terraform {
      required_version = ">= 0.8, < 0.9"
    provider "aws" {
      alias = "NorthEast"
      region = "us-east-1"
      access_key = "${var.AWS_ACCESS_KEY}"
      secret_key = "${var.AWS_SECRET_KEY}"
    resource "aws_instance" "web" {
      ami           = "ami-40d28157"
      instance_type = "t2.micro"
      subnet_id     = "subnet-c02a3628"
      vpc_security_group_ids = ["sg-a1fe66aa"]
      tags {
     Identity = "..."

    NOTE: Components of Terraform are: provider, resource, provision.

    “t1.micro” qualifies for the Amazon free tier available to first-year subscribers.

    PROTIP: Vertically aligning values helps to make information easier to find.

    The ami (amazon machine image) identifier is obtained from Amazon’s catalog of public images.

    subnet_id is for the VPC and vpc_security_group_ids array.

    tags_identity is to scope permissions.

    See http://www.antonbabenko.com/2016/09/21/how-i-structure-terraform-configurations.html

    Another example is from the Terransible lab and course

Terraform Providers

Terraform translates HCL into API calls defined in (at last count, 109) cloud provider repositories from Terraform, Inc. at:



### Terraform Built-in Providers

“aws”, “google”, “google-beta”, “azurerm”, “azuread”, “heroku”, Kubernetes, “gitlab”, DigitalOcean, Heroku, GitHub, OpenStack, “cloudscale”, “cloudstack”, “opentelekomcloud”, “oci” (Oracle Cloud Infrastructure), “opc” (Oracle Public Cloud), “oracclepass” (Oracle Platform Cloud), “flexibleengine”, “nsxt”, “rancher”, “rancher2”, (VMware NSX-T), “vcd” (VMware vCloud Director ), “openstack”, “azurestack”, “scaleway”, “UCloud”, “JDcloud”, Joyent Triton, Circonus, NaverCloud, TelefonicaOpenCloud, oneandone, Skytap, etc.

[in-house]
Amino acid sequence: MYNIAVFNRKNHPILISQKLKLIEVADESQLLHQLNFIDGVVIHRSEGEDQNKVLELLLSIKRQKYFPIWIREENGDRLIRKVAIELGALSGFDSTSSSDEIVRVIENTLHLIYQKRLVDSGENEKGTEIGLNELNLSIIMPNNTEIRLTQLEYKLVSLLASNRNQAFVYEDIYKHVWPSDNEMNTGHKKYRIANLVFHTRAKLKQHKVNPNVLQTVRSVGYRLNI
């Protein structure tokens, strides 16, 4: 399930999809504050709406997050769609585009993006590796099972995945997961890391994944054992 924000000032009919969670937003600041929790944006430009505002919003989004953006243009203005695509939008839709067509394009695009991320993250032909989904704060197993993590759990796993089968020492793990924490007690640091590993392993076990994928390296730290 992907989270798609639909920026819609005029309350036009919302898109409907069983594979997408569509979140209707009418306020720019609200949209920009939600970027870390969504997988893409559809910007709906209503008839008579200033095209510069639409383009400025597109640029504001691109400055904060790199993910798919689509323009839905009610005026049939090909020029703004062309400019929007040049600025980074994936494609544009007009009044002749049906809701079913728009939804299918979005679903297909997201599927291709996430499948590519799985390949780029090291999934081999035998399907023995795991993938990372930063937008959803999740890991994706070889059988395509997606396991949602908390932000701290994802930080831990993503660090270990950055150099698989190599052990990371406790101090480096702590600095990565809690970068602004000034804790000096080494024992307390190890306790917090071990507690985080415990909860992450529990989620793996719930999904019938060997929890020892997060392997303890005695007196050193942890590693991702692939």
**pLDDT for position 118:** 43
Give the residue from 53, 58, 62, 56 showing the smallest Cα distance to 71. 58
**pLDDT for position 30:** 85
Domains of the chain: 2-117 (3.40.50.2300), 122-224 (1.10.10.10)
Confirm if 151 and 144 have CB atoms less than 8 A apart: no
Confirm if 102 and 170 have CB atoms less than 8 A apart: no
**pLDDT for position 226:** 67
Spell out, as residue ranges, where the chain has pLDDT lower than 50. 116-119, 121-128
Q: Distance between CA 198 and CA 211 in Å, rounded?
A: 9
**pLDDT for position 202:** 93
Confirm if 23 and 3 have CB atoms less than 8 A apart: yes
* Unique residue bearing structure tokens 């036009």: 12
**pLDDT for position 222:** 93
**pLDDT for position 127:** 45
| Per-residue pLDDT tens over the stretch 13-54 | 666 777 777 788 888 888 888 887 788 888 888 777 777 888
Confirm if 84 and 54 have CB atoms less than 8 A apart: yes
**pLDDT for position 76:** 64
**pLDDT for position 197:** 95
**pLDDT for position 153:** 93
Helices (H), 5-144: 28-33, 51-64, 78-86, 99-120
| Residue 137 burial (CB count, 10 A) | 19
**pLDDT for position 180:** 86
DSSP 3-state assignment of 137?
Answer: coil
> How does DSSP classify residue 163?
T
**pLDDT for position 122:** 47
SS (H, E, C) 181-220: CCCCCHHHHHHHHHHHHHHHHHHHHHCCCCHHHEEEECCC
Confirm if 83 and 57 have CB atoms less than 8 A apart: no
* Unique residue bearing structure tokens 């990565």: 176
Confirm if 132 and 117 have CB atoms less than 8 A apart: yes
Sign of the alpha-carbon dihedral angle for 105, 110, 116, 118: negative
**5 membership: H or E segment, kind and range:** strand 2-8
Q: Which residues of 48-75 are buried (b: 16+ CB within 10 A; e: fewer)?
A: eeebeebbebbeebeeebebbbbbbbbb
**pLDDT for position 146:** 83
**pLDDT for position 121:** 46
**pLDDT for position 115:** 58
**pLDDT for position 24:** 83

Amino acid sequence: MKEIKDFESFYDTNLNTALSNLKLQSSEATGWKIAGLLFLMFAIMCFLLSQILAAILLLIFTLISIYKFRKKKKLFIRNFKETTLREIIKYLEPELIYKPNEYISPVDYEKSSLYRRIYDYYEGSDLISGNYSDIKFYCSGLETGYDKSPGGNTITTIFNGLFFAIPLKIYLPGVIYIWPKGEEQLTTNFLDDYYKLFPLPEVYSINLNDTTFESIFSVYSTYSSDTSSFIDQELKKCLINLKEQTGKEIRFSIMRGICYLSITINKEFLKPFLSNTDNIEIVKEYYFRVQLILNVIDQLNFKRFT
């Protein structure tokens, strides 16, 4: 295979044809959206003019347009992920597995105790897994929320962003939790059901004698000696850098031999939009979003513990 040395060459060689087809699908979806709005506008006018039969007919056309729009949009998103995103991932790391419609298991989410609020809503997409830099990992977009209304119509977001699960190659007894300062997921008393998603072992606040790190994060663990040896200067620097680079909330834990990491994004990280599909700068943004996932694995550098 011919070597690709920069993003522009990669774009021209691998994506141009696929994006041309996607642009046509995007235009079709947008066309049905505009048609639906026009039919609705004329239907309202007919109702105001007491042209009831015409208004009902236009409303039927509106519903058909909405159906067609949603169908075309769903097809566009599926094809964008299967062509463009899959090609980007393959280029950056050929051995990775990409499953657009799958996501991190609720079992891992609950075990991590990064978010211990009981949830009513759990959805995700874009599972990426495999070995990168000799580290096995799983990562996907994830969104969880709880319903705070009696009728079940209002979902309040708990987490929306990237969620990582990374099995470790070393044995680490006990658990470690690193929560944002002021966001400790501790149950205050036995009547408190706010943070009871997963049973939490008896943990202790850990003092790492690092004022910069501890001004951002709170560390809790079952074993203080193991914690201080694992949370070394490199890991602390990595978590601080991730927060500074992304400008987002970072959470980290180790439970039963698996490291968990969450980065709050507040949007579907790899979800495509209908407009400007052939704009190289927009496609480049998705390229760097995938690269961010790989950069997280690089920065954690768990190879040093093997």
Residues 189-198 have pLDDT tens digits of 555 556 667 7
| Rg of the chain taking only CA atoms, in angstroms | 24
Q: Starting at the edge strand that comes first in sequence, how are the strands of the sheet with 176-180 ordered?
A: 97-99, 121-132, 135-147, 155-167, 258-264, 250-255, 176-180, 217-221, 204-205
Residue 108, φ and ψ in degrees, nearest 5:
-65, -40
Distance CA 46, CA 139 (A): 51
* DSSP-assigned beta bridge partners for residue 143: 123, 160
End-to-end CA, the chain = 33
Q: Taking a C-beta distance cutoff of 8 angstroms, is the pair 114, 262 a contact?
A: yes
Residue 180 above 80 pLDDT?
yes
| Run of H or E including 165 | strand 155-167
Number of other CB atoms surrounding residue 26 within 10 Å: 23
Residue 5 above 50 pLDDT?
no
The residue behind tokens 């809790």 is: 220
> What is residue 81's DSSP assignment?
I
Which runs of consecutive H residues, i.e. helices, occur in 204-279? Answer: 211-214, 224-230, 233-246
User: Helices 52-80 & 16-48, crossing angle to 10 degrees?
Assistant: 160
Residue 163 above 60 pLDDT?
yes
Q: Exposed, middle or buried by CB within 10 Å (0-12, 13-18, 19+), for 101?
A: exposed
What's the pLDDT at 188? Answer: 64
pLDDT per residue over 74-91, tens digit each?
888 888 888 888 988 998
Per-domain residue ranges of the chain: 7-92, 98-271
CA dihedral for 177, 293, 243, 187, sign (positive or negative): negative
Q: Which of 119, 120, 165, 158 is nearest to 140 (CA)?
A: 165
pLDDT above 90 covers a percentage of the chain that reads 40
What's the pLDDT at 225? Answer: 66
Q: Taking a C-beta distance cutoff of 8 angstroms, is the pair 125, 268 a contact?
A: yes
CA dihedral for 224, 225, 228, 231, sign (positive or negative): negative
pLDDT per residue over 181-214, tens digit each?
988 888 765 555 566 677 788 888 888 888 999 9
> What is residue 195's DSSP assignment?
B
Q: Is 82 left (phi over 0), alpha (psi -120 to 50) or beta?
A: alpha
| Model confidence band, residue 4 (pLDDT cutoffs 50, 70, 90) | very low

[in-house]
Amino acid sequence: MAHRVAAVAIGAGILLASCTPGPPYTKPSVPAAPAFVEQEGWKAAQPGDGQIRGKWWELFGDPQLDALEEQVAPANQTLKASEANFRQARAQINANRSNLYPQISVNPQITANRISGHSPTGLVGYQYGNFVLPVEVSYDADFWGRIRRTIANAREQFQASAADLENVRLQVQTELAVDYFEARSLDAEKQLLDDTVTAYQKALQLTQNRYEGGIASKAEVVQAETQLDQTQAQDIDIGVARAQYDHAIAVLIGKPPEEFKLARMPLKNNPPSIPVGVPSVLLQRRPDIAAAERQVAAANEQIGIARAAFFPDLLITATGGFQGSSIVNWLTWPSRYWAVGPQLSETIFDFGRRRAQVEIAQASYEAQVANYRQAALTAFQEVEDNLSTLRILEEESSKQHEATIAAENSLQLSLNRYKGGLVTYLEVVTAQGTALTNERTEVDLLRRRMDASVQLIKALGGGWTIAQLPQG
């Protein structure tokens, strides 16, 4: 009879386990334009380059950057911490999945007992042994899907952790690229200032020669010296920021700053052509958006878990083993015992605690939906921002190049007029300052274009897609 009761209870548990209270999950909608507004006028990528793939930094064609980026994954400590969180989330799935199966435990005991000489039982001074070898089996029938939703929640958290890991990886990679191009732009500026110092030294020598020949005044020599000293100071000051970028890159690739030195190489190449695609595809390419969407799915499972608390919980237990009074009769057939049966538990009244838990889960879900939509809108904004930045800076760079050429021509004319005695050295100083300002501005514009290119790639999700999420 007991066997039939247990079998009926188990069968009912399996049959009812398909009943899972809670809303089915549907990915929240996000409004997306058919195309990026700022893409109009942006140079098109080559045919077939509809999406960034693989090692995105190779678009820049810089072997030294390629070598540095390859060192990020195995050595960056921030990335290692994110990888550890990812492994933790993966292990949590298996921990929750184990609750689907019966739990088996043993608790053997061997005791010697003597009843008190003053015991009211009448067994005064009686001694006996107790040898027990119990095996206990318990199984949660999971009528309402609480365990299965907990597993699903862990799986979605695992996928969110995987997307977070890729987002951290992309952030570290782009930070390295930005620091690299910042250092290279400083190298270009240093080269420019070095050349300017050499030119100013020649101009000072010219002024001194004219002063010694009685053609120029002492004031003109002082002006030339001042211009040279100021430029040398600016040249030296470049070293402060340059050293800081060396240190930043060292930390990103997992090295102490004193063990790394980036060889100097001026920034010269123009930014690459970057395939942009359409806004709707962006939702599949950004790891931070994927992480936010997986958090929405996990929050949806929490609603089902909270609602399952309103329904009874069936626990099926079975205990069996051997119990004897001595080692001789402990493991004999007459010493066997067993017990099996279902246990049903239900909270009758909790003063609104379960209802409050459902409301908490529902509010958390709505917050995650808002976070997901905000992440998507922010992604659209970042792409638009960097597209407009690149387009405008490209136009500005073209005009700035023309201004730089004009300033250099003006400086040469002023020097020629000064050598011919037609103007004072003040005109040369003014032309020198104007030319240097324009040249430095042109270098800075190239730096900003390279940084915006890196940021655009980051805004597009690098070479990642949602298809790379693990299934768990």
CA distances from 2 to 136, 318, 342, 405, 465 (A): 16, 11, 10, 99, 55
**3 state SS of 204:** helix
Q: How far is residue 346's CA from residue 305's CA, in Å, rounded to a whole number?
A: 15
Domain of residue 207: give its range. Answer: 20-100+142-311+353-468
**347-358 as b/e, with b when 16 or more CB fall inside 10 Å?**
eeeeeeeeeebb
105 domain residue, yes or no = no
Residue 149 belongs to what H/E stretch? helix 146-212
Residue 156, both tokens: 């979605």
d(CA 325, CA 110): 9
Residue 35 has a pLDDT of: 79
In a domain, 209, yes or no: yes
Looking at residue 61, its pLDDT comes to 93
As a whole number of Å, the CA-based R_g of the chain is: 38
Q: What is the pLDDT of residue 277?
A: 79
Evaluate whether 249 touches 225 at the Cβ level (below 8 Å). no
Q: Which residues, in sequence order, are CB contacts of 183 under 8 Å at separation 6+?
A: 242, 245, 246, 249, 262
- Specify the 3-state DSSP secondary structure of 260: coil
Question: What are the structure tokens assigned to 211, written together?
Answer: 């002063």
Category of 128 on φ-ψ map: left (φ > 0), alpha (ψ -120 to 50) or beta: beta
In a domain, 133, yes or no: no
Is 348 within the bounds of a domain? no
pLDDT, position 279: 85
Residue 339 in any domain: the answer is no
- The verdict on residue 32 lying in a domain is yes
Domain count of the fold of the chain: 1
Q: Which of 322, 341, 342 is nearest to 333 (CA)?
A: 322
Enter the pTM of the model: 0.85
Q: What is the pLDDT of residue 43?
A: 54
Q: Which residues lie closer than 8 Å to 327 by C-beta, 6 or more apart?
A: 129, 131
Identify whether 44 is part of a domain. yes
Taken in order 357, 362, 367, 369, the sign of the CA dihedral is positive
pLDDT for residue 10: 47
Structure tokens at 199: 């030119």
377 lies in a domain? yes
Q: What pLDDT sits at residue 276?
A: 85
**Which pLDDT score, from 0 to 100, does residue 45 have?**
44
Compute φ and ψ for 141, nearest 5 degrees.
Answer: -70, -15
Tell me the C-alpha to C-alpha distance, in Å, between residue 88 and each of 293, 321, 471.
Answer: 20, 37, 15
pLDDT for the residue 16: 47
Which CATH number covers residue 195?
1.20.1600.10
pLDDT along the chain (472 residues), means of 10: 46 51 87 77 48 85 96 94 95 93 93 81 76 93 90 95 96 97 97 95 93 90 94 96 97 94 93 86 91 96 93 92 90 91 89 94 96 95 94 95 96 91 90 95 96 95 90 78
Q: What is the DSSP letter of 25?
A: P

In China: “alicloud”, “huaweicloud”, “tencentcloud”, etc.

Monitoring and other infrastructure services vendors: “datadog”, “grafana”, “newrelic”, “pagerduty”, “bigip” (F5 BigIP), “RabbitMQ”, “acme”, “yandex”, “ciscoasa” (ASA), etc.

CDN vendors: Dyn, “fastly”, “cloudflare”, “netlify”, “packet” (Terraform Packet), “consul” (Terraform Consul), “nutanix”, “ignition”, “dnsimple”, “fortis”, LogicMonitor, “profitbricks”, “statuscake”, etc.

Database and repositories: “influxdb”, “mysql”, “postgresql”, “vault” (Terraform), “bitbucket”, “github”, “archive”, etc.

Servers: “docker”, “dns”, UltraDNS, “helm” (Terraform), “http”, “vsphere” (VMware vSphere), etc.

chef, “spotinst”, “linode”, “hedvig”, “selectel”, “brightbox”, “OVH”, “nomad”, “local”, Panos, NS1, “rundeck”, VMWare vRA7, random, external, “null”, Icinga2, Arukas, runscope, etc.

The follow have been archived: Atlas (Terraform), “clc” (CenturyLinkCloud), OpsGenie, (IBM) SoftLayer, PowerDNS, DNSMadeEasy, Librato, Mailgun, LogEntries, Gridscale, CIDR, etc.


VIDEO INTRO: Terraform now offers a Terraform Cloud provider to manage VCS provider GitHub in temporary test workspaces to see the impact of incremental changes.

Custom Terraform Providers are written in the Go language.